Deinstitutionalization perspectiveEU Structural Funds as an instrument for social innovation: Bulgaria in action Zagreb, 24 October 2013
The presentation will include: • How the reform has started • Who was involved • First steps • Main outcomes and challenges • Lessons learned
The context (2009): • Institutions for children are a part of the difficult heritage • Insufficient number of services for children and families on the territory of the country. • Insufficient family financial resources, which often leads to social exclusion of the families and placement of children in institution. • Lack of developed system of community-based alternatives to institutional care. • Overwhelming medical model to the child disability according to which the institution offers the best care for children • Changed models of family behavior which lead to out of wedlock births and single parents. • Unsolved during the past years problems that led to “reforms” and “restructuring”, which are often understood as a building refurbishment and do not lead to a significant change • Unsificient coordination between the responsible state institutions.
Stakeholders involvement: • 10 years experience • EC support • Political will for reforms • CSOs agenda - both international and Bulgarian BANSKO 2009
The beginning of the reform - NATIONAL STRATEGY: “VISION FOR DEINSTITUTIONALISATION OF CHILDREN • “The DI is a process of replacement of the institutional childcare with community-based family or close to family environment care, which is not limited only to taking children out of institutions. This is a process of preventing placements of children in institutions, creation of new opportunities for children and families to receive support in the community and is done on many levels” • All programmes and projects aimed at DI and provision of child and family services financed by the EC and/or the national budget are regulated by this political document.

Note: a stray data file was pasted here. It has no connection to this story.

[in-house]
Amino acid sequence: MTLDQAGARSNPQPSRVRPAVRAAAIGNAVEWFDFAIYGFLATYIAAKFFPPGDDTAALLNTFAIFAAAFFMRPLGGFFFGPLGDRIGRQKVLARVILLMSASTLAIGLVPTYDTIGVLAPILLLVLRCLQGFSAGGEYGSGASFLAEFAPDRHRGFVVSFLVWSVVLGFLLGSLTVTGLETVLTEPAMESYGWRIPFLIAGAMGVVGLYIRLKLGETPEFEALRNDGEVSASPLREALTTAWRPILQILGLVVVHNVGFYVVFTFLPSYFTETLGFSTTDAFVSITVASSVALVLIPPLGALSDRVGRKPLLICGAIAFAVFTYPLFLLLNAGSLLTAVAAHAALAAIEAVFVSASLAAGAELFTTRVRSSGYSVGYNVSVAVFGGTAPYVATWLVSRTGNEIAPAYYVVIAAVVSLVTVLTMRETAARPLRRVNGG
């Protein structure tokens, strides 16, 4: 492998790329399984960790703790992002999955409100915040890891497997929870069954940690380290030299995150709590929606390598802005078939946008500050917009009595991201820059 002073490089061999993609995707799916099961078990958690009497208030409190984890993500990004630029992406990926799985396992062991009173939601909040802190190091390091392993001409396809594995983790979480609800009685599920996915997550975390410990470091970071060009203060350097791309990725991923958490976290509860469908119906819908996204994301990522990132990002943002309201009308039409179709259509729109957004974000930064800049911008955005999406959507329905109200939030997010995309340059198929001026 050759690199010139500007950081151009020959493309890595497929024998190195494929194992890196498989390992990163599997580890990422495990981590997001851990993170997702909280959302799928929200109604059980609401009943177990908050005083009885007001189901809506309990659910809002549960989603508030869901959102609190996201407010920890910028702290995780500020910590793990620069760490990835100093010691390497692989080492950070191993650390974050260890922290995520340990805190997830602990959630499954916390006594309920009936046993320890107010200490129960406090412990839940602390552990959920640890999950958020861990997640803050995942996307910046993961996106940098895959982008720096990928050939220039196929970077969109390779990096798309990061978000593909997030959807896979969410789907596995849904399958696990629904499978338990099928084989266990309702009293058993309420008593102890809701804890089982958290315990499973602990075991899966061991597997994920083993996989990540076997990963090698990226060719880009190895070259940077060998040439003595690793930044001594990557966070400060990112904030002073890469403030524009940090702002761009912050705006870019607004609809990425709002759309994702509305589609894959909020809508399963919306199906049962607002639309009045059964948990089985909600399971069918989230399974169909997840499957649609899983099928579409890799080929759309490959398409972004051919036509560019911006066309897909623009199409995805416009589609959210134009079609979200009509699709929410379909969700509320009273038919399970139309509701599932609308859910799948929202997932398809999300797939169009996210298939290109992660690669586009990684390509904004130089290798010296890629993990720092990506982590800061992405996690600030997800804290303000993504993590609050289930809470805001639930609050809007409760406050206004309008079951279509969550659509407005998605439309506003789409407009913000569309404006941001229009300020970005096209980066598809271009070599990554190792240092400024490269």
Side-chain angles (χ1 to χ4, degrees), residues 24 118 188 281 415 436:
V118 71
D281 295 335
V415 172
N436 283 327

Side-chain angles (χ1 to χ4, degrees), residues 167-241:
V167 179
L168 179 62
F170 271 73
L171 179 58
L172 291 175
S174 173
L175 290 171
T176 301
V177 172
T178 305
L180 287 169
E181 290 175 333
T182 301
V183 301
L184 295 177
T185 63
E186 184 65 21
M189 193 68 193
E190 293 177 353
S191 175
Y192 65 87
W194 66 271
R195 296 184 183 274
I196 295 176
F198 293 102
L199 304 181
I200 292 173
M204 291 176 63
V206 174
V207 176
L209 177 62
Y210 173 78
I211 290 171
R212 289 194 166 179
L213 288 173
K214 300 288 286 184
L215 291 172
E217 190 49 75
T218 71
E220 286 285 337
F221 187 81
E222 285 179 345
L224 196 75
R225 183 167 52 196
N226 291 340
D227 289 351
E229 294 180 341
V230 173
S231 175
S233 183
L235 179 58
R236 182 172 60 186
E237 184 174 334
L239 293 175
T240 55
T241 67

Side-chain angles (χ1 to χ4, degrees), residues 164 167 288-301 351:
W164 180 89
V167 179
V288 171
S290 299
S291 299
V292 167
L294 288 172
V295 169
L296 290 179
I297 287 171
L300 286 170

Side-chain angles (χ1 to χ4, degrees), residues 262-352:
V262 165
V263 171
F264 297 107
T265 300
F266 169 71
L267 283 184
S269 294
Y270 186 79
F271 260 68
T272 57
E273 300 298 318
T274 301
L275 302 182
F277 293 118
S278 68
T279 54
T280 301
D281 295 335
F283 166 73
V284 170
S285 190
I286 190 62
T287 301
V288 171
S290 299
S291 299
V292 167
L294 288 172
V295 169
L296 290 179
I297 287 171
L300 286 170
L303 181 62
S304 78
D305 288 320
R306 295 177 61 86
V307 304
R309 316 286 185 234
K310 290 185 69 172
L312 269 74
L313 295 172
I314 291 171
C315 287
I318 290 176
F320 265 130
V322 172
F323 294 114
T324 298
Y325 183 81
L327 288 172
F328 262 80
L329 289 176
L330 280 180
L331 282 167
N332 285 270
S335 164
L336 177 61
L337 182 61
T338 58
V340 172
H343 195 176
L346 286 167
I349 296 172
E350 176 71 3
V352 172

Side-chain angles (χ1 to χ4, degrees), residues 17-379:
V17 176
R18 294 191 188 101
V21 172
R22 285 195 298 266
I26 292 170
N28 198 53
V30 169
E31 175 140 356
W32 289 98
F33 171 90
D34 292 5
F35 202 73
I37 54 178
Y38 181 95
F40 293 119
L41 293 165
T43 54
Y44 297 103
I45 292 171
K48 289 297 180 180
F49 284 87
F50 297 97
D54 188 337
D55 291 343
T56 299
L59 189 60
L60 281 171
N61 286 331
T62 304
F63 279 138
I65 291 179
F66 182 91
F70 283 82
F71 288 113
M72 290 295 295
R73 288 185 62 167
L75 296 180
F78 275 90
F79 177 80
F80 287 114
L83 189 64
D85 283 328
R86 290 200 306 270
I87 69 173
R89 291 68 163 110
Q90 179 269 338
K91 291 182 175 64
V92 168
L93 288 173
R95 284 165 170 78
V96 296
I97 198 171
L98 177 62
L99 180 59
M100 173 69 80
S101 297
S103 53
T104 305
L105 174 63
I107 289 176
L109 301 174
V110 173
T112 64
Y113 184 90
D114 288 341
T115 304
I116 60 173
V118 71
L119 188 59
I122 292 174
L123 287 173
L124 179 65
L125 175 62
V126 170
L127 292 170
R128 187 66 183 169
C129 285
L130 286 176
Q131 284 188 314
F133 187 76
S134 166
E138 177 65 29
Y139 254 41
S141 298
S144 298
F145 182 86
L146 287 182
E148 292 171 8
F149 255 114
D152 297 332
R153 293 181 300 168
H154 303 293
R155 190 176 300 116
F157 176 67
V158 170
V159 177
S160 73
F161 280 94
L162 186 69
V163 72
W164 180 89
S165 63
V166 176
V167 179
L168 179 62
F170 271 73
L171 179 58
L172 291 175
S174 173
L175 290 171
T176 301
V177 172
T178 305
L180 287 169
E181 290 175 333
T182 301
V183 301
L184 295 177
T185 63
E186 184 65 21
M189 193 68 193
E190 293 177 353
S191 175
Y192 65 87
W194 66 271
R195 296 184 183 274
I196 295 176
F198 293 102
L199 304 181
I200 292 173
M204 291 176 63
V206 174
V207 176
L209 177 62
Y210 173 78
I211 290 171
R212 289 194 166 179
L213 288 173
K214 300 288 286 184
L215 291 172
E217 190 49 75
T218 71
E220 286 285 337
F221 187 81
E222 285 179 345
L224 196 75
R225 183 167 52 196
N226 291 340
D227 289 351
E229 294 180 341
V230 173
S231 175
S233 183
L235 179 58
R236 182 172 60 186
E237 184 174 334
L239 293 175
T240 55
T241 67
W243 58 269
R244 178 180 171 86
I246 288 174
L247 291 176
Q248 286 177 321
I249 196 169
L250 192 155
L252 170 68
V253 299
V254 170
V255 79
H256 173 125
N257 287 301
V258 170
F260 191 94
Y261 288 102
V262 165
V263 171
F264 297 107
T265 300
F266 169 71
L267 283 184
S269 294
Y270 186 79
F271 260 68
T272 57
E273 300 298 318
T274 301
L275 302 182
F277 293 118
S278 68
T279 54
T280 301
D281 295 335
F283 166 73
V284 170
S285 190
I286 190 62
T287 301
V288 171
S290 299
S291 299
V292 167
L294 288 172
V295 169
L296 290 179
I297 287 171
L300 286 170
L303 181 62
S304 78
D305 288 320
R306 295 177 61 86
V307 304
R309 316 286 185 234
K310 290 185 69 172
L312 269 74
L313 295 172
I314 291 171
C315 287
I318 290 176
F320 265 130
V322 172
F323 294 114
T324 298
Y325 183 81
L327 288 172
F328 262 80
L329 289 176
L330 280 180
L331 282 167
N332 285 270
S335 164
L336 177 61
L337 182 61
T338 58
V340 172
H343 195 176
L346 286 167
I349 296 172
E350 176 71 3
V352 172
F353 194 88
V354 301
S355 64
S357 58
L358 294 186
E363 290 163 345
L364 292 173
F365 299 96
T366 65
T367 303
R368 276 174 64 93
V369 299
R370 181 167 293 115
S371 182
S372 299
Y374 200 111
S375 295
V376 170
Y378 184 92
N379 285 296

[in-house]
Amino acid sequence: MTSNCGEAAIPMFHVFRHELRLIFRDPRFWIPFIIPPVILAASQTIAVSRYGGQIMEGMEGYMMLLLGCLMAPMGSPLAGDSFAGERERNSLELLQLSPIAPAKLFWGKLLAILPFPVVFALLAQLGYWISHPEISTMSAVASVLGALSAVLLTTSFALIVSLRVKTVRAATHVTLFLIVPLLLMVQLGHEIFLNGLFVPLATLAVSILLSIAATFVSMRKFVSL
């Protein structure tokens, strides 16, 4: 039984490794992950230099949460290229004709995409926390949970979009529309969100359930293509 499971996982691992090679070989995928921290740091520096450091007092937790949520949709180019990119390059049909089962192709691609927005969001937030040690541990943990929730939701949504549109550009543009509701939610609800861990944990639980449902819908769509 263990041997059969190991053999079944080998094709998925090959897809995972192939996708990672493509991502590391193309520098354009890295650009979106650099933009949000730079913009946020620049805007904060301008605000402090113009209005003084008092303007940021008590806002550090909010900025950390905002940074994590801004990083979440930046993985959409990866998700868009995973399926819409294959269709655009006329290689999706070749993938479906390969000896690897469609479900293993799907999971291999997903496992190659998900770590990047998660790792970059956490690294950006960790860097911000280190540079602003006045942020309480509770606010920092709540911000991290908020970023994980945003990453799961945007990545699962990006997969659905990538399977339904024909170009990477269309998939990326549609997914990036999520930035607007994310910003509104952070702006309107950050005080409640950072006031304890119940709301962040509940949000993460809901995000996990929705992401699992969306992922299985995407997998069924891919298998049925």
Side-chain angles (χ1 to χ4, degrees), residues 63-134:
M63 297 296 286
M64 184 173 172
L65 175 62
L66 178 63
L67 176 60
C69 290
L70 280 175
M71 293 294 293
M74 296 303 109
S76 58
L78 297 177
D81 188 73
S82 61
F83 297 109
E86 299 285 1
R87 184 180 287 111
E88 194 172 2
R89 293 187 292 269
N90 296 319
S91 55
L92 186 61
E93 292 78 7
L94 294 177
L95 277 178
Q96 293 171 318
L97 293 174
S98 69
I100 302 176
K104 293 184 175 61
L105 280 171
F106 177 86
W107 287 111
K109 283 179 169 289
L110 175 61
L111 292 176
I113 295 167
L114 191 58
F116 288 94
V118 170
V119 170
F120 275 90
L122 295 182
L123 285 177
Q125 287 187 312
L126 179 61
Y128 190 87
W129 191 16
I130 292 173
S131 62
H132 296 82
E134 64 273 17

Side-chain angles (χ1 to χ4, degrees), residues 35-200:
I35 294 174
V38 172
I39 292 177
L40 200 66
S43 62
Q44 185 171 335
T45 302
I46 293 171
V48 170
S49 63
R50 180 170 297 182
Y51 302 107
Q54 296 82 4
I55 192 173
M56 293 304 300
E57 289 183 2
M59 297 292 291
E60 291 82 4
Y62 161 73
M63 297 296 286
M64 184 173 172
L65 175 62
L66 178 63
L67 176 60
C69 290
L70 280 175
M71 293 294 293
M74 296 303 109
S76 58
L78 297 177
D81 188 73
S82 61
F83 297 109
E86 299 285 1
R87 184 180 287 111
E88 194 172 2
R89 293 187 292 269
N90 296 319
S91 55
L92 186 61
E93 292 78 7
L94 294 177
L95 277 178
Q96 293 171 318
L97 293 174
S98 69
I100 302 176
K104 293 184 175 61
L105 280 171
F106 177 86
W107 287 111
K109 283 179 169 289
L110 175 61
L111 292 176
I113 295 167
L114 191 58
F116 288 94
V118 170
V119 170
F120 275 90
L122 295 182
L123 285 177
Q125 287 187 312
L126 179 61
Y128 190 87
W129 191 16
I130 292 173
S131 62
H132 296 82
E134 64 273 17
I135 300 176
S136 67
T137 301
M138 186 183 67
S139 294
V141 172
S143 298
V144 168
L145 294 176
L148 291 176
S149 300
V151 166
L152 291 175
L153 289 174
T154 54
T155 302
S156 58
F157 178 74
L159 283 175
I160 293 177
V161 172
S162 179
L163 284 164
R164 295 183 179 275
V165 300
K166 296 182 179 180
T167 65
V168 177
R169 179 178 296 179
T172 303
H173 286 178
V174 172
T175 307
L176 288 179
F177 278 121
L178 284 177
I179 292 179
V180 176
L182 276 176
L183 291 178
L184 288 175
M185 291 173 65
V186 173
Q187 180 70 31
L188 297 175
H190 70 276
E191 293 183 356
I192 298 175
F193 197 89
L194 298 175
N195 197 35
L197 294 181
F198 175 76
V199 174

The National Strategy: • The main objective of the document is to guarantee the right of children to family environment and access to quality care and services according to their individual needs. • Specific objectives: • Legal regulation, provision of financial and human resources for a wide range of community based child and family services taking into consideration the good practices and applying innovative approaches; • Raising the capacity of the child protection system by clarification and effective distribution of the rights and responsibilities of the child protection bodies, service providers and ensuring an adequate professional capacity for the effective functioning of the system; • Closure of 137 institutions for a period of 15 years from the adoption of this document; • Not allowing the placement and raising of children from 0 to 3 years in residential care of any type after the end of the reform.
Action plan - 2010 • Complicated operational document (50 p.) • The Action Plan consists of two parts: • Part One: specific steps for the implementation of several deinstitutionalisation projects covering the Homes for Medical and Social Care for Children (HMSCC), the Homes for Children with Disabilities (HCMR, HCPD) and the Homes for Children Deprived of Parental Care (HCDPC), and the Project for the Development of Foster Care and Project for the Career Development of Social Workers • Part Two: specific measures and activities, aimed at integrated complex policy for children and families and amendments in the sectoral policies.